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The Inheritance of Orquidea Divina - Review


*I received the physical and E-Arc from Atria Books via publishers and Net Galley. All reviews are my own.*


By now, you should have heard about the mysterious Orquidea Divina and the Montoya family. Her family is all the rage over Bookstagram and in Times Square. Coming in hot as one of my anticipated reads in 2021, The Inheritance of Orquidea Divina by Zoraida Cordova leaves me with a family legacy, the path to building solid foundations, and of course, breaking generational curses.


"The Montoyas are used to a life without explanations. They know better than to ask why the pantry never seems to run low or empty, or why their matriarch won’t ever leave their home in Four Rivers—even for graduations, weddings, or baptisms. But when Orquídea Divina invites them to her funeral and to collect their inheritance, they hope to learn the secrets that she has held onto so tightly their whole lives. Instead, Orquídea is transformed, leaving them with more questions than answers.
Seven years later, her gifts have manifested in different ways for Marimar, Rey, and Tatinelly’s daughter, Rhiannon, granting them unexpected blessings. But soon, a hidden figure begins to tear through their family tree, picking them off one by one as it seeks to destroy Orquídea’s line. Determined to save what’s left of their family and uncover the truth behind their inheritance, the four descendants travel to Ecuador—to the place where Orquídea buried her secrets and broken promises and never looked back."

Now, why did it take me this long to write a review? I’m not sure. I liked the story, but it was also something I didn’t expect. The synopsis left a tremendous amount of space to wander off and fill in the blanks about the story. While reading, I didn’t know if I would go on a journey of finding the route of the family curse or a history of how Orquidea became Orquidea. I even thought I was going to see magical possessions travel down the family tree. In a way, Cordova did explain all of these mini-plots, but it didn’t turn out as fulfilling as I liked it to be. So what happened?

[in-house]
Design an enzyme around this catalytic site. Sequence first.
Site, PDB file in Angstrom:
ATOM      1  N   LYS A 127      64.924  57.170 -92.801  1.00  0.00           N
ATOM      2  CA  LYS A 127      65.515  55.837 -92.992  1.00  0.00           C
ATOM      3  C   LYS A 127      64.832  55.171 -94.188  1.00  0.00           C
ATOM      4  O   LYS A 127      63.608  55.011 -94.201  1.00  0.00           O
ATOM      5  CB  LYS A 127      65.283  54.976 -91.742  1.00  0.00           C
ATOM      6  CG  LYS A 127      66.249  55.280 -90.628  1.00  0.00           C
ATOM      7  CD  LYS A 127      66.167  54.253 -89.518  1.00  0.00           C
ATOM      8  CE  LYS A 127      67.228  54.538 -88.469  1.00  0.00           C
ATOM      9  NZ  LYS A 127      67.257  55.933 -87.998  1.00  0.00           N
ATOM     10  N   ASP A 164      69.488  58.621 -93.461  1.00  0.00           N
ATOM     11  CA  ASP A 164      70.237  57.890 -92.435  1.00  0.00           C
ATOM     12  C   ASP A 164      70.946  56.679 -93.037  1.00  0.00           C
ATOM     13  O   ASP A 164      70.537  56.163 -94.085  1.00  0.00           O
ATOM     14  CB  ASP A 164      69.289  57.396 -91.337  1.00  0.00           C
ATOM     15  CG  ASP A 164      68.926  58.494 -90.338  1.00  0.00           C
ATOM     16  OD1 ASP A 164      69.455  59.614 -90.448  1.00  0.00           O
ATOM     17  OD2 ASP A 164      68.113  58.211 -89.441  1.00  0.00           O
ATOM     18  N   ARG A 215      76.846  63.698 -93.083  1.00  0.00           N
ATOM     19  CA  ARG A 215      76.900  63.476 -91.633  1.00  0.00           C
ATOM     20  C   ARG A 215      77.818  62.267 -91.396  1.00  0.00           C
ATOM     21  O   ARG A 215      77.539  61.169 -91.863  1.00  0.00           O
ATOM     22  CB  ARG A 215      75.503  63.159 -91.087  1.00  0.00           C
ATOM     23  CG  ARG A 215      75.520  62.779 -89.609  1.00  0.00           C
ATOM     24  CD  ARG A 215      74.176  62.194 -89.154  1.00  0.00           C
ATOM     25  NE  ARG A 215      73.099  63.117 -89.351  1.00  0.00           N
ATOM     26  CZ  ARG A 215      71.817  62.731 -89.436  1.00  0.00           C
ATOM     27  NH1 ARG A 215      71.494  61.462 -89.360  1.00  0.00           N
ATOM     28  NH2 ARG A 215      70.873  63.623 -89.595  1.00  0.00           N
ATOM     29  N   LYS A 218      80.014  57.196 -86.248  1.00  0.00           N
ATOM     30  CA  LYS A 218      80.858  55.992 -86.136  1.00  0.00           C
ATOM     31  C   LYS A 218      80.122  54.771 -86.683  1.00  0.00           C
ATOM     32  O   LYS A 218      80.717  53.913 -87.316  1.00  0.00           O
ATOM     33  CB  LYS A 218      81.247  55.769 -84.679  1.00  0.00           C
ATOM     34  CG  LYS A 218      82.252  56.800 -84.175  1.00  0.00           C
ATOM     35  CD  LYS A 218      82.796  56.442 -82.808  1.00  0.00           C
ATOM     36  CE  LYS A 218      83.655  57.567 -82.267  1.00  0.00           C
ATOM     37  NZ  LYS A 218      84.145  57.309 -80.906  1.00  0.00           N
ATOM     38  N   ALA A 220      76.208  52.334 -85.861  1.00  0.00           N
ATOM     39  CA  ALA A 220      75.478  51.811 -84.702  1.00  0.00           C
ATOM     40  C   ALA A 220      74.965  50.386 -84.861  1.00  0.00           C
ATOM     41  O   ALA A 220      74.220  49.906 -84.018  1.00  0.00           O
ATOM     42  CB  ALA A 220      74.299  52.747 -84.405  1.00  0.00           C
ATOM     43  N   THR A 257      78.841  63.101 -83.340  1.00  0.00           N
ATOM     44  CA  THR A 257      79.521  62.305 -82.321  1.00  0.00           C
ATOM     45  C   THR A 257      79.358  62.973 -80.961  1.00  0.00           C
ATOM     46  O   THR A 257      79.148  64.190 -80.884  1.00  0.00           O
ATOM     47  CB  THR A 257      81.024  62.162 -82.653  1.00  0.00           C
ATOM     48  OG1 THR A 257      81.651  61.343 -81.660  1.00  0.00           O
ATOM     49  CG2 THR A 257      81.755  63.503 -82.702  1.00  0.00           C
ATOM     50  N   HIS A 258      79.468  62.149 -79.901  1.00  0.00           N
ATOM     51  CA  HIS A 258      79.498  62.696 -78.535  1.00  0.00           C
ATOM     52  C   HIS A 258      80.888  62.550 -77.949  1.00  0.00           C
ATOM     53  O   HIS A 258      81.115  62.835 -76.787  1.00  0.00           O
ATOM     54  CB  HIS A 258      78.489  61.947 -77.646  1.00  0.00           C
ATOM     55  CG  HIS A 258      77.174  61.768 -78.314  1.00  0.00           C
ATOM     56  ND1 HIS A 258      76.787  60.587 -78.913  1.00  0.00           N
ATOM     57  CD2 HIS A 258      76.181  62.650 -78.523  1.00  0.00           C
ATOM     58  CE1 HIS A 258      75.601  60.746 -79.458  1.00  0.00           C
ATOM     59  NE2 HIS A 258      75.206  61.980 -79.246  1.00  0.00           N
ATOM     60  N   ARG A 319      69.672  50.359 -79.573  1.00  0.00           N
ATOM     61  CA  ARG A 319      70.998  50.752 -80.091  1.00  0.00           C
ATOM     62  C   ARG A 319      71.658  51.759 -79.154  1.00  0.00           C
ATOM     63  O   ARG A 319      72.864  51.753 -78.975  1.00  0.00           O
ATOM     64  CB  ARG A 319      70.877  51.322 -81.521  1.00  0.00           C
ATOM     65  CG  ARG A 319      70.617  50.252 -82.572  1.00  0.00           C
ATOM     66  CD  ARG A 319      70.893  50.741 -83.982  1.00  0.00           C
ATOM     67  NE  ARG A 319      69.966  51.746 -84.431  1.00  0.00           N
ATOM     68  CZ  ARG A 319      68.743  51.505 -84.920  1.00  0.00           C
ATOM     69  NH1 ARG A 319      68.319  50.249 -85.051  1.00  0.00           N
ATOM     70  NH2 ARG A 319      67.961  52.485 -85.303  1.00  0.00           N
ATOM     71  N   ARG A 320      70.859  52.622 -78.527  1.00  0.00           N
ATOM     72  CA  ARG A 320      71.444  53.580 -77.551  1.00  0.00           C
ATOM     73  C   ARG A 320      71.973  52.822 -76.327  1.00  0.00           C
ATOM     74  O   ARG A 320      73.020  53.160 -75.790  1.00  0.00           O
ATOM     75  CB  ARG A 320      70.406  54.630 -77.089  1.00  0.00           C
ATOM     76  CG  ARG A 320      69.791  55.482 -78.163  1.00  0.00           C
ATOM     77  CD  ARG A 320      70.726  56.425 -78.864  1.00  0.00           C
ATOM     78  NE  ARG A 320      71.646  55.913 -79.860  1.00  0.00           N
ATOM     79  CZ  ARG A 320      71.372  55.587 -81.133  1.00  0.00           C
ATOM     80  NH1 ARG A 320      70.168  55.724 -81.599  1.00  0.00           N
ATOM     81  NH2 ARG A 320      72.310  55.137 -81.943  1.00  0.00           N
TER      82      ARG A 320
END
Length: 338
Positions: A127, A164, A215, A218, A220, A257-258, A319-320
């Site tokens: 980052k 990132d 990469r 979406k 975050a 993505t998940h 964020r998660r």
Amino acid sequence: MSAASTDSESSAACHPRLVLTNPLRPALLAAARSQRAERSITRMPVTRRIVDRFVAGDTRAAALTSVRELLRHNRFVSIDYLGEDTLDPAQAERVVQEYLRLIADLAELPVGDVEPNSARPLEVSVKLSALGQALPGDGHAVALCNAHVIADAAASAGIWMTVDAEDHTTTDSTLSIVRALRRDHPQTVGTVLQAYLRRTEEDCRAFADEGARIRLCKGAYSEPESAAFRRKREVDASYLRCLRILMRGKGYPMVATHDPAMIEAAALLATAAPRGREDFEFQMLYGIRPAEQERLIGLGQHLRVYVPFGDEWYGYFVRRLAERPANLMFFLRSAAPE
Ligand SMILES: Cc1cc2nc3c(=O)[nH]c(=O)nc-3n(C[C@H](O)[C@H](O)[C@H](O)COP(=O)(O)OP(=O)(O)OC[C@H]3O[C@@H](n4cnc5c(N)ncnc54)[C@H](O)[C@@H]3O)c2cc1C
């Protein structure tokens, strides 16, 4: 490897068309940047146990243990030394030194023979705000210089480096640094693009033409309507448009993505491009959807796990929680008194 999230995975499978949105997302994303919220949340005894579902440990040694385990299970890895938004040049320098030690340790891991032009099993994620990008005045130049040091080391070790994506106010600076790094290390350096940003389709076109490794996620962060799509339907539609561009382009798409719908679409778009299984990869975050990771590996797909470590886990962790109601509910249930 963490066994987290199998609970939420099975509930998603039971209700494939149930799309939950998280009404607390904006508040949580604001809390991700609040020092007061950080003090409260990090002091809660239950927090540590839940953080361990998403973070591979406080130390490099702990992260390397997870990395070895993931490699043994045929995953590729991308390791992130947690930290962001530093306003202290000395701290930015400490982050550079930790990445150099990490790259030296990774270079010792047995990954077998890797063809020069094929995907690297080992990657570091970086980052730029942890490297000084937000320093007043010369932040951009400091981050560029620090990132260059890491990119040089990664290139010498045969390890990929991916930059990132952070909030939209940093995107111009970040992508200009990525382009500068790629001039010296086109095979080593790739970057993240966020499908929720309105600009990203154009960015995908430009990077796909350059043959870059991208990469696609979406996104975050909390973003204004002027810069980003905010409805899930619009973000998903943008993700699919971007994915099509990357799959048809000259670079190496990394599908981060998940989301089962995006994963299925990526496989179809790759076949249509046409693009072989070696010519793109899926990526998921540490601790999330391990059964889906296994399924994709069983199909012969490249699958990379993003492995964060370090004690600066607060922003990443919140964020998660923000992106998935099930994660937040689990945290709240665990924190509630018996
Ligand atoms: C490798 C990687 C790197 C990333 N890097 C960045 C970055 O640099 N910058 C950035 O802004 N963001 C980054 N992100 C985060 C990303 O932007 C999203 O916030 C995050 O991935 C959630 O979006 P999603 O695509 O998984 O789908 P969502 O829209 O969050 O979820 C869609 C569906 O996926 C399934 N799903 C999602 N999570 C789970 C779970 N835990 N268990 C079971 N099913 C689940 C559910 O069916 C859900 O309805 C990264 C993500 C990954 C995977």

I did like finding how and why Orquidea turned out the way she did. When I see people ask elders if they would do it all over again if they could, I think Orquidea would be the poster child for that answer. She lived a hell of a life, even though she was plagued with fear a regret. I think her previous decisions led her to be this solid matriarchal tree that she is now.

I would have loved to know more about the focal generation of Montoyas: Marimar and Rey. They and Orquidea were the real stars of the novel. I know Cordova wanted to add a huge family dynamic in the book, but so many names that had nothing to do with the story took away from the wonder. I didn’t need to know about Tatinelly’s POV, but I would have loved to learn more about Enrique’s (Orquidea’s son) relationship with his mother. Why was he so angry? I would think he would have more of a story than most of the family members.



I initially rated this book 4-stars, but after a few weeks of pondering and trying to put pen to pad, I think 3.5-star is a better fit. I really did enjoy the story; it just didn’t turn out the way I thought it would. We all can relate to the family dynamics, and there’s always that one older person who holds secrets until the end of time. I’m just glad I got to experience this with the Montoyas because I would never get that kind of satisfaction with my family in real life.

The Inheritance of Orquidea Divina is available now.



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